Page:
When Sunil Nagaraj built his first software—an applicant tracking system—as a computer science student at the University of North Carolina, his only option, it seemed, was to sell it to the university upon graduation.
He knew of no resources for engineers and entrepreneurs back then. "I could have productized it if there was an HQ Raleigh, or Citrix Accelerator or Startup Factory," says the now vice president at Bessemer Venture Partners in Silicon Valley.
Nagaraj admits he hardly recognizes his hometown from when he graduated in 2004 and moved to Boston to work in management consulting—eventually to attend Harvard Business School. "There's enough people and noise that I think entrepreneurs know where to go. They know a path," he says.
In a talk before an audience of hundreds at yesterday's CED Tech Venture Conference, Nagaraj acknowledged the infrastructure and capital that has built up in the Triangle. He shared why he's bullish on mobile and Internet of Things startups, and explained the untapped potential in those burgeoning industries (see my wrap-up below). His two pieces of advice specific to entrepreneurs in the Triangle were to talk more freely about failure and to be generous. But Nagaraj and I sat down after his presentation to talk in depth about the 1,000 or so deals he considers each year at Bessemer, the firm he joined after his venture-backed social dating startup, Triangulate, shut down in 2011. (Its investments include Skype, Yelp, Pinterest, Box and LinkedIn.)
We started with the biggest mistake entrepreneurs tend to make at the early stage—they don't figure out if people actually want the product they're building, Nagaraj says.
He's a fan of Kickstarter and Indiegogo for the customer validation. In fact, he expects any IoT or hardware startup to go this route before seeking investment. For software startups, Nagaraj recommends a fake landing page for people to sign up for a waiting list. "Any sense of customer demand is valuable to me as a VC," he says.
Entrepreneurs also fail to address defensibility. Nagaraj wants to know why they are better suited to build the business than anyone else. Is it an amazing team that executes so rapidly competition can't keep up? Or, perhaps there's a proprietary partnership that keeps competitors out. Or, deep intellectual property?
"It's not easy, but competitors will emerge and pricing pressure and customer churn makes the business fall apart," he says.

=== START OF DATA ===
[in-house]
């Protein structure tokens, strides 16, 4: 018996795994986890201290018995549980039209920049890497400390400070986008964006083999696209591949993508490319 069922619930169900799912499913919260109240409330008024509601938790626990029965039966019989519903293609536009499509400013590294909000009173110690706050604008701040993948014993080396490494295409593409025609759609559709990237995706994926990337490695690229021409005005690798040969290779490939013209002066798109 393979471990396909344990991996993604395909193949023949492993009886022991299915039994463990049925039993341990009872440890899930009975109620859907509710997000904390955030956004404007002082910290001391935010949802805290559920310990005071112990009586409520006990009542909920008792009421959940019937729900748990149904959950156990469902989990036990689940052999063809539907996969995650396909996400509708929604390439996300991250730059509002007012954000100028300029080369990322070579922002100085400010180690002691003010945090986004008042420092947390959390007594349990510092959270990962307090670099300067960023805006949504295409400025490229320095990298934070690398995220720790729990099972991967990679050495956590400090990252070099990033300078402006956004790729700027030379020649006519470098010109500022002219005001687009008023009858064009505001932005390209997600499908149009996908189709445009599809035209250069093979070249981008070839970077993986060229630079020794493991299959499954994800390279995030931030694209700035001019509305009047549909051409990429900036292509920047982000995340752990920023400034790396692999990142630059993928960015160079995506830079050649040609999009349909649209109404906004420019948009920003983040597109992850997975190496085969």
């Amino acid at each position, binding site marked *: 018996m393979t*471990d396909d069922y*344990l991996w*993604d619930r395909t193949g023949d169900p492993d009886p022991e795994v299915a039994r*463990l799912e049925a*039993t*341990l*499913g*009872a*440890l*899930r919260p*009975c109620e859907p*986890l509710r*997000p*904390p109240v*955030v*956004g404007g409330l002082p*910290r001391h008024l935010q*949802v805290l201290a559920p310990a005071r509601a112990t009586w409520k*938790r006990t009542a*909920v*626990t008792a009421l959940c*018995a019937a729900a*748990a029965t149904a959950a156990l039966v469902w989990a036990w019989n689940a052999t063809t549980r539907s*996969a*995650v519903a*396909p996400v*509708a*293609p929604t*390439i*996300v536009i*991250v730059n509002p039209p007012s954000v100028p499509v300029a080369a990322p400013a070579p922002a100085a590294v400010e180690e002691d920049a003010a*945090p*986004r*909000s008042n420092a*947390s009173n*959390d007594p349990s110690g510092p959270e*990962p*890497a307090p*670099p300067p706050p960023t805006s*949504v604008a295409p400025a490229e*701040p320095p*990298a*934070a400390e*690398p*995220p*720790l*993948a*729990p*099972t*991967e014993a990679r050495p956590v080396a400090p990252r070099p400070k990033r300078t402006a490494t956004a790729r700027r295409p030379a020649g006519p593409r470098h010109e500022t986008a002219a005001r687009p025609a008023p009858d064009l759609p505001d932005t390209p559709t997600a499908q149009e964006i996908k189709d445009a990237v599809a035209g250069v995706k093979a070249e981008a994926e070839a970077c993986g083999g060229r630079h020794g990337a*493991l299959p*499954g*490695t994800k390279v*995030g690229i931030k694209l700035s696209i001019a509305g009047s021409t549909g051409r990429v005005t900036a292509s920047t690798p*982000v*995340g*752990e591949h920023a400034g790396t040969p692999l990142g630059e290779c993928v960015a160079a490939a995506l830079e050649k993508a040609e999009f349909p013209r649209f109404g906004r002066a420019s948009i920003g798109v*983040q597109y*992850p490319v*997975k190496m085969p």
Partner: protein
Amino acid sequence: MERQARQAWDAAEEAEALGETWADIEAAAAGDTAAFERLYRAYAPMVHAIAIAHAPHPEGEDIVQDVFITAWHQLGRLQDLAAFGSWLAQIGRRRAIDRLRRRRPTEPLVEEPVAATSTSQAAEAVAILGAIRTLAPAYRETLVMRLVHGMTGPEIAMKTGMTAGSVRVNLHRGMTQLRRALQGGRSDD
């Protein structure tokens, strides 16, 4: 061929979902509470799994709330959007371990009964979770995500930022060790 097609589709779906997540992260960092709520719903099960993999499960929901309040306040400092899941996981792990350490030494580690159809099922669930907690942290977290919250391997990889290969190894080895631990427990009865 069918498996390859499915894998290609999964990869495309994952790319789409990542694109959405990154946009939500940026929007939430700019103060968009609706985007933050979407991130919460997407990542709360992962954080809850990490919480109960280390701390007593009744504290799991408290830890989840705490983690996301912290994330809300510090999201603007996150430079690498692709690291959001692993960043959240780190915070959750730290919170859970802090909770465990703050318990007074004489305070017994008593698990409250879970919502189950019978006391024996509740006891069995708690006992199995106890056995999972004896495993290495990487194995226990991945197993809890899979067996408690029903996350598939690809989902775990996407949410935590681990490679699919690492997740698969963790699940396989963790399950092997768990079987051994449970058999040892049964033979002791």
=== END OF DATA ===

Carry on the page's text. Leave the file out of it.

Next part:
Nagaraj has yet to make an investment in the Triangle, though he'd like to. Each of Bessemer's 30 or so VCs make one or two seed stage to series D investments a year. Nagaraj more frequently invests in early-stage companies.
A key criteria for Bessemer is the size of addressable market. And because most Triangle startups aren't targeting consumers—a major focus of his investments—market sizes can be too small. But the Triangle may not be as positioned to have a huge consumer app company, he says. The number of startups tied to universities and intellectual property may be disproportionately high.
Plus, consumer startups are incredibly difficult.
"The issue with consumer is a lot of folks don’t monetize and so you either cross your fingers that you get acquired like Instagram without turning on revenue or you believe you are building a mass of users, then you turn on revenue," Nagaraj says. "But for a lot of consumer ideas, it can seem like a stretch that they can ever turn on revenue." His example—photo sharing apps.
Nagaraj is also focused on security startups—just yesterday, he announced an investment in Auth0, which builds software for developers to make apps more secure. And, lucky for us, B2B is sometimes a target. His favorites from the two-day conference were InMotionNow and nCino, two companies offering a cloud-based solution to real problems of a specific customer base and with customers to prove its working, something all too rare in Silicon Valley, he says.
He's also a fan of Windsor Circle's Matt Williamson: "I continue to be impressed by how much hustle that guy has."
And if Citrix Sharefile's Jess Lipson ever starts another company, Nagaraj will be watching.
"Jess is really quite a role model. I'm impressed with his commitment to give back to the community that supported him and not in a hands-off way. With time, energy and money all at the same time."
Nagaraj's tips for mobile and IoT startups:
- Reimagine workflow for mobile. Pick an industry skipped by desktop computing and even software-as-a-service. Study a day in the life of a worker and find solutions to make that person's activities more efficient on mobile. Think nurses, cab drivers, plumbers.
- Rethink, rather than force-fit, the desktop experience for mobile. Example: Circa, which redesigns news consumption for mobile.
- Imagine anything around you with a sensor in it. Make old hardware smart. Consider what data could be collected from that item and how it might be useful to a person or business.
- Consider hardware beyond wearable devices like the Fitbit, like iBeacons that track the activity of a fleet of trucks or an elderly person's pill box. Examples from his portfolio: Estimote, which puts iBeacons in retail stores to deliver coupons to a customer's mobile phone when she enters; and Tile, a Bluetooth tracking device to put on your keys or other items that could get lost.
- Differentiate in the software, not the hardware. That's how to be most interesting to investors.